Many inquiries have been made as to why we do not turn on the light. We also received some letters which would indicate that the writers expect the Mayor to walk the streets with candles in his hand to give more light. Well, I just could not do it. I just could not get enough candles. And that is just our trouble - candle power. Now be patient, will you please the war is not over. The dimout has been on pretty long and it takes time to restore to normal lighting. It will take at least three weeks to got deliveries of the lamps themselves and it will take three additional weeks to make the necessary changes. We have 32,800 temporary switches that we must change and it will take all the way from 60 to 90 days, if everything goes well, before we can get back to our full, normal street lighting. We will have to restore 23,309 lamps to prewar standards; we will have to remove 22,800 temporary switches and we must add 18,500,000 kilowatt hours yearly. This is all going to cost you an additional $525,000. Now, do not blame me. You asked for it and I agree with you. It is going to cost $525,000 more. I have given the orders to start, so just be patient and give us a chance.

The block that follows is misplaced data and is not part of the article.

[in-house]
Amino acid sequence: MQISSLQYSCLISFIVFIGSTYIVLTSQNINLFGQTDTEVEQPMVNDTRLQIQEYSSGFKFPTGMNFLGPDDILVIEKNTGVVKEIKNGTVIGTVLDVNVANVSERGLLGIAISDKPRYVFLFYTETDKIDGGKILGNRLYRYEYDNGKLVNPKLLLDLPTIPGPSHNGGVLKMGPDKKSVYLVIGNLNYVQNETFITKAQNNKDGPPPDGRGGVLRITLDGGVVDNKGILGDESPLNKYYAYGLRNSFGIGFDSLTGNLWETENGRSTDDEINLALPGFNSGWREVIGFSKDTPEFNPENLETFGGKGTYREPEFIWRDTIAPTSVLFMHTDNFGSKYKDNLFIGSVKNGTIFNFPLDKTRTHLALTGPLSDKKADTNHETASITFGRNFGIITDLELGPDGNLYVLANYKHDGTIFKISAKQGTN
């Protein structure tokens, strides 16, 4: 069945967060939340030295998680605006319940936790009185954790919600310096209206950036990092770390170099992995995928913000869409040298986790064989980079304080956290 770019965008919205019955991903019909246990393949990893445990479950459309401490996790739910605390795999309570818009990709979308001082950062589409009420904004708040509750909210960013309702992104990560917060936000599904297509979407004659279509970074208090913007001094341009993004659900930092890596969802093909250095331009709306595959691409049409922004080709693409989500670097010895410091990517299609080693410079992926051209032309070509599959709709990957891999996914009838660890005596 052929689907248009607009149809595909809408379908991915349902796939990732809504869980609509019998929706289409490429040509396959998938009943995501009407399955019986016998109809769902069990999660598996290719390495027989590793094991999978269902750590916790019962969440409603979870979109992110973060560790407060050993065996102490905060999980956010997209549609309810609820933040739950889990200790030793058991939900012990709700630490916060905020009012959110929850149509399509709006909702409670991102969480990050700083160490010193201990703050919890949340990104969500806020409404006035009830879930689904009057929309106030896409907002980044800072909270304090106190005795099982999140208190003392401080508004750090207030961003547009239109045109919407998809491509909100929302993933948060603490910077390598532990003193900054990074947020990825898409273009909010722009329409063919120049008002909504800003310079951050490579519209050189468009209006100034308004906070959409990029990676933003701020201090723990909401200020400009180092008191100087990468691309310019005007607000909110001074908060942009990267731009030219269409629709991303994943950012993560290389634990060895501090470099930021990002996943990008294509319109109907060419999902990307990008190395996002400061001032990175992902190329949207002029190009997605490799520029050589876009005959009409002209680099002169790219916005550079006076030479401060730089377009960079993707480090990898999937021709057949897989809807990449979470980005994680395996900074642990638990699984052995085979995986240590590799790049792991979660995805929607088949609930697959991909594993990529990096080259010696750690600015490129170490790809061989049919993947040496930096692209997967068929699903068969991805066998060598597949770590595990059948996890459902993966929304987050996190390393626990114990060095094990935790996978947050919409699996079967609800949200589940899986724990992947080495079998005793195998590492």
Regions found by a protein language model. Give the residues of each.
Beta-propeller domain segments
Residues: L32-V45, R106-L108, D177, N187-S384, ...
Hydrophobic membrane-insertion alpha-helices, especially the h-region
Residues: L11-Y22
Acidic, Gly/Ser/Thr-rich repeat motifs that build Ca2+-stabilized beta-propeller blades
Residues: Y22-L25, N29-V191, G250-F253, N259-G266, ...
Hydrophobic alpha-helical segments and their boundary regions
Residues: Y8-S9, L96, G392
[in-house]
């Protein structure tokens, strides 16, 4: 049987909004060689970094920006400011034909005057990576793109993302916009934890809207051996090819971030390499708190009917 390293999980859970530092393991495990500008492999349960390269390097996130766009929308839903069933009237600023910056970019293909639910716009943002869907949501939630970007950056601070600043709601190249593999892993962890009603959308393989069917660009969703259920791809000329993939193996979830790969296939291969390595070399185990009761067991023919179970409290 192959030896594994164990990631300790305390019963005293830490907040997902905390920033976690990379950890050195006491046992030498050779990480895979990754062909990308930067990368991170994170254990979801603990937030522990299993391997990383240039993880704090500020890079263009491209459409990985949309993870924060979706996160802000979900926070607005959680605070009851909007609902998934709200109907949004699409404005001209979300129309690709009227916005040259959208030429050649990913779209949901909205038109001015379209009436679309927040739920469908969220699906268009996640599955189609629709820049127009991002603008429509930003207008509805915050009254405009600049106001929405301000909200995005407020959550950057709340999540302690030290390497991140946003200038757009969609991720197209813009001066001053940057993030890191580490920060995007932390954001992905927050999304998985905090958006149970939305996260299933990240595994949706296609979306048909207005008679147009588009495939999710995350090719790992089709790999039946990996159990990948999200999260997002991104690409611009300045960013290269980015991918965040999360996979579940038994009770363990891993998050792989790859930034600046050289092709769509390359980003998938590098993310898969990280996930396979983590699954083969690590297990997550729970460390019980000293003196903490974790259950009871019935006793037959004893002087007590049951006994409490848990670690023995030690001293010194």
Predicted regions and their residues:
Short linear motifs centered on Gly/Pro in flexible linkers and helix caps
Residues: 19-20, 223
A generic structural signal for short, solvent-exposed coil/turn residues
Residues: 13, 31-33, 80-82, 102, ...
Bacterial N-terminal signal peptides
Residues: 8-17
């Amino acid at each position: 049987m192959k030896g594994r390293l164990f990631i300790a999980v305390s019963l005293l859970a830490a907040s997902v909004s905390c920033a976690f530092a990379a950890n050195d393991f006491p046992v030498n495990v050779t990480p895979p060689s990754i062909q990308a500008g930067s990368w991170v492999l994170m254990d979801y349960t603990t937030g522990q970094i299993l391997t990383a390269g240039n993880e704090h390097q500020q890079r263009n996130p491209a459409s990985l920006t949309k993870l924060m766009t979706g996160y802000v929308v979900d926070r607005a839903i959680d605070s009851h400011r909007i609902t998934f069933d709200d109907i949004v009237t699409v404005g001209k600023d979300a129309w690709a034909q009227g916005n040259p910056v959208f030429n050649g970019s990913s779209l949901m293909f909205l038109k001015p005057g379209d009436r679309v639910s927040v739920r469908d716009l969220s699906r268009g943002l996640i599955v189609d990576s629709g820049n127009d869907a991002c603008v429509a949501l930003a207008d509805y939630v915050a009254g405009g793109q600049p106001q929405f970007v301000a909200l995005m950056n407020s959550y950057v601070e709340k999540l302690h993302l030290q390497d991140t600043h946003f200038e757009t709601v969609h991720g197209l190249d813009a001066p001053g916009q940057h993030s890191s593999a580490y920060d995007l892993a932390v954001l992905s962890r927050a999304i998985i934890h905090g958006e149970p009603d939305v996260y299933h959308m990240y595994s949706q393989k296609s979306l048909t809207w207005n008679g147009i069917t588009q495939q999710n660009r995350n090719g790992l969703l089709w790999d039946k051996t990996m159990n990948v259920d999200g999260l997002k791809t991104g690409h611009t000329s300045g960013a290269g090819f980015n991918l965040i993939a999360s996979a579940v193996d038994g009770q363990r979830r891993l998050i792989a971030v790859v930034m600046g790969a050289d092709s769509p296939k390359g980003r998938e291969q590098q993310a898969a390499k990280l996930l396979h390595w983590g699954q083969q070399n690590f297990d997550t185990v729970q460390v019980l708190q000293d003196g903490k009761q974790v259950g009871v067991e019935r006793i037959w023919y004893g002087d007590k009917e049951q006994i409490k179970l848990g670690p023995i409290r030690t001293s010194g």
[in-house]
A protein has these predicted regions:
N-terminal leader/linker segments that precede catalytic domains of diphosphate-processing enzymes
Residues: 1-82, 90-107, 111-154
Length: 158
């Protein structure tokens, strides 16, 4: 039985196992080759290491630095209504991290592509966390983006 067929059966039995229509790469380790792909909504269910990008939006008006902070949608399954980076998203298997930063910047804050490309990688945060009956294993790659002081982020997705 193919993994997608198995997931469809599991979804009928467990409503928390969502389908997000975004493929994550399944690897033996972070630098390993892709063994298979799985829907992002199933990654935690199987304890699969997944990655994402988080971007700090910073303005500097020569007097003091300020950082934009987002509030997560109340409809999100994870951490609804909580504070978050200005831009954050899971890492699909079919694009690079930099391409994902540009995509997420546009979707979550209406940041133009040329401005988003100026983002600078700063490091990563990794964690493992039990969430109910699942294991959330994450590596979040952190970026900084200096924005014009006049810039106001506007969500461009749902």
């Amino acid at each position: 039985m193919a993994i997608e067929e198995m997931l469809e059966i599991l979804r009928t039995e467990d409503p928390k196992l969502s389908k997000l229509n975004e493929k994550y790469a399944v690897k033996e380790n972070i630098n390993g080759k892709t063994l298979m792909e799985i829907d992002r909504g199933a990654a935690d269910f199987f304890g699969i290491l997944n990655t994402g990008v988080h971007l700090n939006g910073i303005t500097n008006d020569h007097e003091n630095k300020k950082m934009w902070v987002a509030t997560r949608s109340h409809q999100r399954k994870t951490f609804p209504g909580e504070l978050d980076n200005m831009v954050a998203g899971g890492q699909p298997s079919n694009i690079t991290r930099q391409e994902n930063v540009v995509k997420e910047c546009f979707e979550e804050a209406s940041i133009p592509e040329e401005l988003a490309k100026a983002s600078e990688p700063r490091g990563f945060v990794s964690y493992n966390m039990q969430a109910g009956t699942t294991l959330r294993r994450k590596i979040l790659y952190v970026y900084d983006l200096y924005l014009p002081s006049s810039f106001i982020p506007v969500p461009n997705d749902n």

RACE TRACKS REOPENING, BOOKMAKING, GAMBLING
Well, you can tell that the race tracks are open again. Yes, cases of relief have already increased. Well, here is a case in which the writer says: "I listen to you all the time on the radio. I am a wife with three children and my husband makes our lives miserable by gambling away his money. It should go for food. He stays away nights and hangs out at a club." Let us see what happened to that club.
The case was dismissed in Night Court. Commissioner Valentine, I am sending this case back to you. The facts are pretty straight here. See that your men get these tinhorns and get them right this tine. Clean this dump out, will you please.
Here is another: "Now they are open and my father does not work any more. He started Tuesday to hang out in the bookies and so far since then there is nothing but fights in our house. Can't you put these damn house wreckers out of business?" I am trying, Sonny. The writer then continues: "It was so nice to come home to a father that was not furious about his horse losses. Now he lets all his steam go off on mother and me. My mother told me that those bookies pay tremendous prices for protection, but I know that you don't care." These bookies are at Rockaway Beach. I sent that to the Police and let us see what happened. On May 29 an arrest was made and the case was adjourned in the Gamblers Court to June 5. All right, Commissioner Bromberger, you had better have somebody from your office there and see just how the testimony is given.